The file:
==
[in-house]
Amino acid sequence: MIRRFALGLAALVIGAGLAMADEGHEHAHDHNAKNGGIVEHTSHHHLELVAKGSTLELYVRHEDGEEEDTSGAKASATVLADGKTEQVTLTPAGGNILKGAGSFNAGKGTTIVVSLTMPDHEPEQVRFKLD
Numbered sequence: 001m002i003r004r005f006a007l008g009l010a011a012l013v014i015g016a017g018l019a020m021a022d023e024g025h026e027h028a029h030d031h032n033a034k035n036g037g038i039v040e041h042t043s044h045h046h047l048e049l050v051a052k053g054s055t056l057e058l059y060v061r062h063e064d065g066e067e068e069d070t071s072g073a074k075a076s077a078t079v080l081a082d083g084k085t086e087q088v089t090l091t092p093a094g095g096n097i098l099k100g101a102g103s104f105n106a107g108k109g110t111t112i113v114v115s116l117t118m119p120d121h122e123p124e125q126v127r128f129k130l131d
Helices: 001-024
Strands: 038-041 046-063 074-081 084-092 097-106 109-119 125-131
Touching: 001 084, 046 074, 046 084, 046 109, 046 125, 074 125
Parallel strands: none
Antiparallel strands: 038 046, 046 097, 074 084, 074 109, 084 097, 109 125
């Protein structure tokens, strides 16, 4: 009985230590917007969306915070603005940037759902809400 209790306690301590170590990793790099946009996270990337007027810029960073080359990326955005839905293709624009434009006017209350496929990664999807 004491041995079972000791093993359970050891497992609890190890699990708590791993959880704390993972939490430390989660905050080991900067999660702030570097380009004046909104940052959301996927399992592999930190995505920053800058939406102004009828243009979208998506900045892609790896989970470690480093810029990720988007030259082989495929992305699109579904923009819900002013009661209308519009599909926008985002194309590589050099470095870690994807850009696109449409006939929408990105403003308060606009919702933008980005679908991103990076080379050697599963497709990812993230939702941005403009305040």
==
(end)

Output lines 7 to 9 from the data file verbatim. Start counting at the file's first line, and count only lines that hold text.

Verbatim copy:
Parallel strands: none
Antiparallel strands: 038 046, 046 097, 074 084, 074 109, 084 097, 109 125
């Protein structure tokens, strides 16, 4: 009985230590917007969306915070603005940037759902809400 209790306690301590170590990793790099946009996270990337007027810029960073080359990326955005839905293709624009434009006017209350496929990664999807 004491041995079972000791093993359970050891497992609890190890699990708590791993959880704390993972939490430390989660905050080991900067999660702030570097380009004046909104940052959301996927399992592999930190995505920053800058939406102004009828243009979208998506900045892609790896989970470690480093810029990720988007030259082989495929992305699109579904923009819900002013009661209308519009599909926008985002194309590589050099470095870690994807850009696109449409006939929408990105403003308060606009919702933008980005679908991103990076080379050697599963497709990812993230939702941005403009305040």